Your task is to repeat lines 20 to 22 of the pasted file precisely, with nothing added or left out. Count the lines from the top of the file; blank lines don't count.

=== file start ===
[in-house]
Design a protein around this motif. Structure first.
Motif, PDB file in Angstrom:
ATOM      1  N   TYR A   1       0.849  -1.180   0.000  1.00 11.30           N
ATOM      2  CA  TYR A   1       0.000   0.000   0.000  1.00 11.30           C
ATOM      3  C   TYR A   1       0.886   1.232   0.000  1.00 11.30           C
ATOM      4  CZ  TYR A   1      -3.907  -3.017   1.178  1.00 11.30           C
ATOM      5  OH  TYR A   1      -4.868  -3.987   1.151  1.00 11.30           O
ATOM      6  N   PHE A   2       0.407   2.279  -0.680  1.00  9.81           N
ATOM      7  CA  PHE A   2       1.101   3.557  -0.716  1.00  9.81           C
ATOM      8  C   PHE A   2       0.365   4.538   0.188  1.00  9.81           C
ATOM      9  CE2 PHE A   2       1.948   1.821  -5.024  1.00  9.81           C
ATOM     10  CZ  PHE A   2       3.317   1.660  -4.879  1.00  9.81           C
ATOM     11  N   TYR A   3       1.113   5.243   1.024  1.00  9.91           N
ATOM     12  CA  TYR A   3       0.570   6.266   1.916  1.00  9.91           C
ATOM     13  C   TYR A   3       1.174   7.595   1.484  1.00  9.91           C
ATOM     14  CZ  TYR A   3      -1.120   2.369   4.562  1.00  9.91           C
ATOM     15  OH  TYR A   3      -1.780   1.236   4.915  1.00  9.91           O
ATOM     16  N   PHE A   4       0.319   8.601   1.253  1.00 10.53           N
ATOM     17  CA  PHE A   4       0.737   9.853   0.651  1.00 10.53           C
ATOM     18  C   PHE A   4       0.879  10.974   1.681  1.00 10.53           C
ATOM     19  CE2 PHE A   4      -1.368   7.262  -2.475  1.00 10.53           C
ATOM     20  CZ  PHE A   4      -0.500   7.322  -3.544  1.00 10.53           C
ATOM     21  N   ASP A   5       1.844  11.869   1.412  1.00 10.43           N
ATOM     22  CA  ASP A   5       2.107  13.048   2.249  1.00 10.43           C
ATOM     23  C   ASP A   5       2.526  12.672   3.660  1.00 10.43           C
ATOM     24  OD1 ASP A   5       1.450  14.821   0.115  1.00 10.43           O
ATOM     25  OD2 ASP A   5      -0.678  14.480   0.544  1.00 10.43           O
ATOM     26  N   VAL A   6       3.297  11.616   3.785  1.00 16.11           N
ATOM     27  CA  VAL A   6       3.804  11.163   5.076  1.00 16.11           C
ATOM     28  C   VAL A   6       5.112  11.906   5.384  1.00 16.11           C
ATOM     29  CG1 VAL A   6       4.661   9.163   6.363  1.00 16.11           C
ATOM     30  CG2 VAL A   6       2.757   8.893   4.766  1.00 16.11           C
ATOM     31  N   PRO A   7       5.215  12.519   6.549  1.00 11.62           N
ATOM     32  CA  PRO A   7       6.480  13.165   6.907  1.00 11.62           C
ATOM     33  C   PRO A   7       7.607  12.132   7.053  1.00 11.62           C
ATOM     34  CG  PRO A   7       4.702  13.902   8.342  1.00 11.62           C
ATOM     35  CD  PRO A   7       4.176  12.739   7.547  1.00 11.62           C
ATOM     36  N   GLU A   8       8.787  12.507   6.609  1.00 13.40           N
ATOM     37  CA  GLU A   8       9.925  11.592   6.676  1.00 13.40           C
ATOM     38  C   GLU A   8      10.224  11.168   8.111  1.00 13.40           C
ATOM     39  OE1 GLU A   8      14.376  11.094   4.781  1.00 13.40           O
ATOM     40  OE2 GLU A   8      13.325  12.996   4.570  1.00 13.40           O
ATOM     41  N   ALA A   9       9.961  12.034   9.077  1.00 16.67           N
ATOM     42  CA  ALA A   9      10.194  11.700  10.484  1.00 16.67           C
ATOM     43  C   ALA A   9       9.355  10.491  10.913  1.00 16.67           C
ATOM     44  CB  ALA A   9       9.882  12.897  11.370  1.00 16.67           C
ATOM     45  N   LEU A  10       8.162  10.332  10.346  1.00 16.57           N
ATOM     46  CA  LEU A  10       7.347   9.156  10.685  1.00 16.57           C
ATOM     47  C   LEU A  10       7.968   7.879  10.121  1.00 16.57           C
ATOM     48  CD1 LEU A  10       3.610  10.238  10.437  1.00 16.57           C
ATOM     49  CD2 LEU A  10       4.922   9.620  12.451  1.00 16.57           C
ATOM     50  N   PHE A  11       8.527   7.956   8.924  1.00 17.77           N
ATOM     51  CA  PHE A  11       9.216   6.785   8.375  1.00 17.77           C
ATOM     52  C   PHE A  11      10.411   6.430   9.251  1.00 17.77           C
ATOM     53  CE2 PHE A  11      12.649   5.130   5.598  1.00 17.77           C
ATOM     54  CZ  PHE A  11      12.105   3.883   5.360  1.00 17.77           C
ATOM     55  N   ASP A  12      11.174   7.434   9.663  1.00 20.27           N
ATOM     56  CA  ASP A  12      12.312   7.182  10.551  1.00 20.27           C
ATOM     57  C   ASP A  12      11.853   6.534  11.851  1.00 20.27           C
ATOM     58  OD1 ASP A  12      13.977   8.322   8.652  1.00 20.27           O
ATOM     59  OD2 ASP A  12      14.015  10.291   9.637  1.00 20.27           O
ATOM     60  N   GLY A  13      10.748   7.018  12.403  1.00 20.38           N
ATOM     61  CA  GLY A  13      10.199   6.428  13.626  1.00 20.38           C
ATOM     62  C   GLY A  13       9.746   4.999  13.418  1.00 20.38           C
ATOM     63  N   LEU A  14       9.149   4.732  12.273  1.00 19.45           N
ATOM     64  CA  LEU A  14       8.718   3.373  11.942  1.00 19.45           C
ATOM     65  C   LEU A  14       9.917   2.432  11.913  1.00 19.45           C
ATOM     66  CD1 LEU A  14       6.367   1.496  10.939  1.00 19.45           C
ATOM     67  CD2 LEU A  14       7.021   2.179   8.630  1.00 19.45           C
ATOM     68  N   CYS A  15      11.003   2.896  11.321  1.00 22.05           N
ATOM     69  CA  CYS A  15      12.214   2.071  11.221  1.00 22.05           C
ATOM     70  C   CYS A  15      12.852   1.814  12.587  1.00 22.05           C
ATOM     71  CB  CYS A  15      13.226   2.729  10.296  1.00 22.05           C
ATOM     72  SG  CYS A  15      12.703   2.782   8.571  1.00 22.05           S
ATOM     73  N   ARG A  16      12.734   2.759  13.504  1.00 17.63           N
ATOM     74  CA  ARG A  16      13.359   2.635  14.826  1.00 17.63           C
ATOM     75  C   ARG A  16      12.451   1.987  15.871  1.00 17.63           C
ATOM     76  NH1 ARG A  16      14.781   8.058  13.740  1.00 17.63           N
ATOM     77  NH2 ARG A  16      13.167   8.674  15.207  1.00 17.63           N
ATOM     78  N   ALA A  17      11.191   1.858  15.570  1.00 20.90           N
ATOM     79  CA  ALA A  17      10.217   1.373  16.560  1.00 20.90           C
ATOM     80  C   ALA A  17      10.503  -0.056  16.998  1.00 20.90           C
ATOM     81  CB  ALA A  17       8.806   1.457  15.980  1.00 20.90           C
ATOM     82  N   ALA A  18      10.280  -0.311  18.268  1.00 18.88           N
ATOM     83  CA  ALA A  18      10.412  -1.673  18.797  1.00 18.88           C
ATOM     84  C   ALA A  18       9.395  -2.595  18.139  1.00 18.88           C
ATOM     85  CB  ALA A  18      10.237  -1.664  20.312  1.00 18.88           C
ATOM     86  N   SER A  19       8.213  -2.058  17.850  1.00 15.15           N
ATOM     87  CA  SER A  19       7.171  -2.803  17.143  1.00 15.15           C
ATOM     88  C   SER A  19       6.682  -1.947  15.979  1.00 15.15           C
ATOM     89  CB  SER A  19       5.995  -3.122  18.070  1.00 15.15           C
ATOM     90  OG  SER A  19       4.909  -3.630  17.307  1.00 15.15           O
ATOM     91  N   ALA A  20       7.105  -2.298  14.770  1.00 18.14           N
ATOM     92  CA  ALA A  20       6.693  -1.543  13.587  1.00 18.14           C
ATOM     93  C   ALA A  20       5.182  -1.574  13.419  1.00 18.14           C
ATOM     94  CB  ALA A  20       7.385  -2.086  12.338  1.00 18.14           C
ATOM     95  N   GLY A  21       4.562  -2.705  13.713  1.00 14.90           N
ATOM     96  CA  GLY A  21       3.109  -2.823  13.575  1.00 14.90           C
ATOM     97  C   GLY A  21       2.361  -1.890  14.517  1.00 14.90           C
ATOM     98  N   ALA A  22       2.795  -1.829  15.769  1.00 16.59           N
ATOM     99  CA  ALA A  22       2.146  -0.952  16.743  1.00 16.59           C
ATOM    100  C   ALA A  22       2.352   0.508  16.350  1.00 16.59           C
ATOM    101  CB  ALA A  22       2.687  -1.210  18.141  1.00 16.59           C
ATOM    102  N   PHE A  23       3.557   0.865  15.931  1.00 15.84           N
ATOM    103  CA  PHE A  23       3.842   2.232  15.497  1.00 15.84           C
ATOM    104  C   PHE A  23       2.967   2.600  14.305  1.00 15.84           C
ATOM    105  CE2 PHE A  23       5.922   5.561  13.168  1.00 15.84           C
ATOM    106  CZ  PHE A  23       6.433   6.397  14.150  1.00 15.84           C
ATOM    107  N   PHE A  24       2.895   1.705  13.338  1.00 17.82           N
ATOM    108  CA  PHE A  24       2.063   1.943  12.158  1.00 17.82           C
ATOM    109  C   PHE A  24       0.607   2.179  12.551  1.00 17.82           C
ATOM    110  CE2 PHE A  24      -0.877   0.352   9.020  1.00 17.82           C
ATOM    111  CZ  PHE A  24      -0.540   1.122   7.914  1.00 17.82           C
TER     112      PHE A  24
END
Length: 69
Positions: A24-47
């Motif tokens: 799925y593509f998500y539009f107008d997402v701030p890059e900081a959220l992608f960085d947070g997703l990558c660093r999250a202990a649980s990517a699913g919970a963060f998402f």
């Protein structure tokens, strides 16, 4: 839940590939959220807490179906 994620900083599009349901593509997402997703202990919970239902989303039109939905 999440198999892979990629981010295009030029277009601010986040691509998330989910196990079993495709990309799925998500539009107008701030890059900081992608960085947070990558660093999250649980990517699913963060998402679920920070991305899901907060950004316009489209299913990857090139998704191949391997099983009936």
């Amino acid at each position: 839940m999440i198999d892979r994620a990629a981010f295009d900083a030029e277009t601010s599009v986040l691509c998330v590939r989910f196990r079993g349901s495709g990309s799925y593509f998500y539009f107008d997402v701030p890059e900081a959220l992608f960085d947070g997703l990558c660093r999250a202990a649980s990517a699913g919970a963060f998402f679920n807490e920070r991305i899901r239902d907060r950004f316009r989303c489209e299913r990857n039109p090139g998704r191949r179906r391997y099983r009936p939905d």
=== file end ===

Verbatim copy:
ATOM     17  CA  PHE A   4       0.737   9.853   0.651  1.00 10.53           C
ATOM     18  C   PHE A   4       0.879  10.974   1.681  1.00 10.53           C
ATOM     19  CE2 PHE A   4      -1.368   7.262  -2.475  1.00 10.53           C